You know that one person who always insists on using his laptop or smartphone to play music through? Yeah, that guy? Well, rather than simply unfriending him and walking away, why not give him the gift of music as it was meant to be heard? Jawbone's Big Jambox is the big brother of their much-lauded Jambox mini speaker, and it's the perfect accompaniment for anyone who plays their music in the house, on the roof, at the pool, in the park… anywhere. Featuring stereo acoustic drivers, dual passive bass radiators, Bluetooth compatibility with two simultaneous devices, 15 hours of battery life, LiveAudio – which gives music a 3D effect by multi-layering the instruments/sounds – and compatibility with a wide range of devices, the Big Jambox is sure to entertain. It's light, at just under 3 pounds, and is small enough that it can be taken with you and large enough to completely fill a room or space with sound. Available in white, red or black, the Big Jambox is $299 – but it's a price worth paying to never hear low quality smartphone speakers again.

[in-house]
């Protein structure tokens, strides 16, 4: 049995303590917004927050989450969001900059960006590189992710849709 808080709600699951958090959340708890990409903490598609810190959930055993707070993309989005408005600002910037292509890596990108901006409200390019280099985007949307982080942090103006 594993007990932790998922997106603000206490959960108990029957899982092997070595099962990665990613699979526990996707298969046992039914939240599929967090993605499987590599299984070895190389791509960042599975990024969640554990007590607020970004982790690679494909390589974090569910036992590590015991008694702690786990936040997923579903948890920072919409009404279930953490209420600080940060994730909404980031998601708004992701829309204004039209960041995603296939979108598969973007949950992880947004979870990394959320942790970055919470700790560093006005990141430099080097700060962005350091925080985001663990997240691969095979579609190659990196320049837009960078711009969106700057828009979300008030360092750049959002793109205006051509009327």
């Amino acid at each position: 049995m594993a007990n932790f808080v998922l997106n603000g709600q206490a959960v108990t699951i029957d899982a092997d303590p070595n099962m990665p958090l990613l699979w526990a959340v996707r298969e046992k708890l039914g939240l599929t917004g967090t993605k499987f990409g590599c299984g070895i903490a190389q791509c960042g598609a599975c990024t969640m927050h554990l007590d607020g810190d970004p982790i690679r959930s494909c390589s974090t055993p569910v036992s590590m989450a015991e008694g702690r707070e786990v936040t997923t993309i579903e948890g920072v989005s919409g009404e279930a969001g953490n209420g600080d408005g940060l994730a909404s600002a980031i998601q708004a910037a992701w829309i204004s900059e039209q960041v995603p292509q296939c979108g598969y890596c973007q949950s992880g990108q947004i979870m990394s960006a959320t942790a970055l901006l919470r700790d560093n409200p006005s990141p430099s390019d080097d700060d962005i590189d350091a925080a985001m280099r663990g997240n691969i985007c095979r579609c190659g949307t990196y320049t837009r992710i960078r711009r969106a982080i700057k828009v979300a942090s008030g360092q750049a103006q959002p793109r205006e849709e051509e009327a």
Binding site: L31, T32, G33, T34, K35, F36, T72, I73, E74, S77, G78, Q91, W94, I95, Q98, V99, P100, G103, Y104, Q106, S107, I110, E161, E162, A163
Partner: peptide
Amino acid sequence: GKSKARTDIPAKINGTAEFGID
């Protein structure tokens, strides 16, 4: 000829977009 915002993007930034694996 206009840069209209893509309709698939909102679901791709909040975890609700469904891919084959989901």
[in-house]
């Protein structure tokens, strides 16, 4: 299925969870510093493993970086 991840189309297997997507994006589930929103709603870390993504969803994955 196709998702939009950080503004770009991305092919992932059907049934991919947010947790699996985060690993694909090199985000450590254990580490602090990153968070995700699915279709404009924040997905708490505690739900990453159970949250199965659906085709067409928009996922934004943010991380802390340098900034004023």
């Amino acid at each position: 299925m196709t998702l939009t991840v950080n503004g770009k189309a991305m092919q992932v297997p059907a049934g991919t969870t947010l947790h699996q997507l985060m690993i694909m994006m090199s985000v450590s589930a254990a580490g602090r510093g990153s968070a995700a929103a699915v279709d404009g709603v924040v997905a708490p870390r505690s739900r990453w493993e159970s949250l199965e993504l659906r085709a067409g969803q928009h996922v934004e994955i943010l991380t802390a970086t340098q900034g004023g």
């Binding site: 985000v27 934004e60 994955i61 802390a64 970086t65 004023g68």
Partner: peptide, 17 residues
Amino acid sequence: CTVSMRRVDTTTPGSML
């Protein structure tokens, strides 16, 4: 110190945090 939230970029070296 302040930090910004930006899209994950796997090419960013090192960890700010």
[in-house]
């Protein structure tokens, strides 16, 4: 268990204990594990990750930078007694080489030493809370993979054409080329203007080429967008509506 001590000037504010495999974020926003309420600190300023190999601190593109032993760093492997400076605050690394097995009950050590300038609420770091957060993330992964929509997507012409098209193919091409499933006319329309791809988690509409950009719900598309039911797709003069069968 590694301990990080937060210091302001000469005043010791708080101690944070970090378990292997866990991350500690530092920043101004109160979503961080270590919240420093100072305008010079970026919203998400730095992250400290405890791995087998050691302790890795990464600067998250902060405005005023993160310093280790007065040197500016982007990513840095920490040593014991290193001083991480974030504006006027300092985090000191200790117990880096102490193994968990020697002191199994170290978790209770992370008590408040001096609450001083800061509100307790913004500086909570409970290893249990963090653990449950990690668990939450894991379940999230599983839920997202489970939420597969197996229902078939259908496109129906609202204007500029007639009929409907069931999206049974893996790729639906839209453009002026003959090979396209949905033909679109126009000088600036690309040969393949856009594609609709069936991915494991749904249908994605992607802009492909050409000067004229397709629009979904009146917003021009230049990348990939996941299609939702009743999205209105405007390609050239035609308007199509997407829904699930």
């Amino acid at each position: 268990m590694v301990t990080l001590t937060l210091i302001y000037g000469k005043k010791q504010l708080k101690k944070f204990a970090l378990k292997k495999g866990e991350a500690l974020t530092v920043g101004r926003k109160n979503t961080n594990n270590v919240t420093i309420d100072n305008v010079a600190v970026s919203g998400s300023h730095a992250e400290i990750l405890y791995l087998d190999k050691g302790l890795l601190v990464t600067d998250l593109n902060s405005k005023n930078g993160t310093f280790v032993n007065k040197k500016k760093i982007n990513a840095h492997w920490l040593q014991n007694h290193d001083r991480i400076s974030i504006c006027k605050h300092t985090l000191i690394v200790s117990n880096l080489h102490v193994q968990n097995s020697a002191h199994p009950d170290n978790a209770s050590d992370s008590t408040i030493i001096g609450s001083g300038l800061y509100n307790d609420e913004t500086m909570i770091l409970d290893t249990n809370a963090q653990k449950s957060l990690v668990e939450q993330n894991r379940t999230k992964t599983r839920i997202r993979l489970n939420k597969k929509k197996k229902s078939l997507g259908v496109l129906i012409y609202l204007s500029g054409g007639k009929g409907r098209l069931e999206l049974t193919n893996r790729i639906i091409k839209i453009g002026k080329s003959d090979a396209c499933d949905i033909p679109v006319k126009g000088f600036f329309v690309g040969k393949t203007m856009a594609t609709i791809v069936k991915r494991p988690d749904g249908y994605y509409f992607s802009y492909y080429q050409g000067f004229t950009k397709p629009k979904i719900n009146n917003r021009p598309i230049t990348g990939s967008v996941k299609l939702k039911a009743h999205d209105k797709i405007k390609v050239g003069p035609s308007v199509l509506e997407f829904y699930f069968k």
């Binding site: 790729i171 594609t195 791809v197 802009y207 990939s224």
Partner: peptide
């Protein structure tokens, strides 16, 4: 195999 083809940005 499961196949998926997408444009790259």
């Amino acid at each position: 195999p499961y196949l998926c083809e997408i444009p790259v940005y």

EA Active Sports
EA Active Sports 2
Know someone who needs to shed the holiday pounds? Consider the EA Active Sports 2. Not the most flattering gift/suggestion, but they'll thank you after a few weeks when they're dropping weight. Combining straps to measure vital statistics, it offers a full workout, complete with trainer, to punish your body into submission through numerous mini games and activities until the weight drops off. Available on PS3, Xbox 360 and Wii.
TARDIS USB Hub & Dalek Desk Defender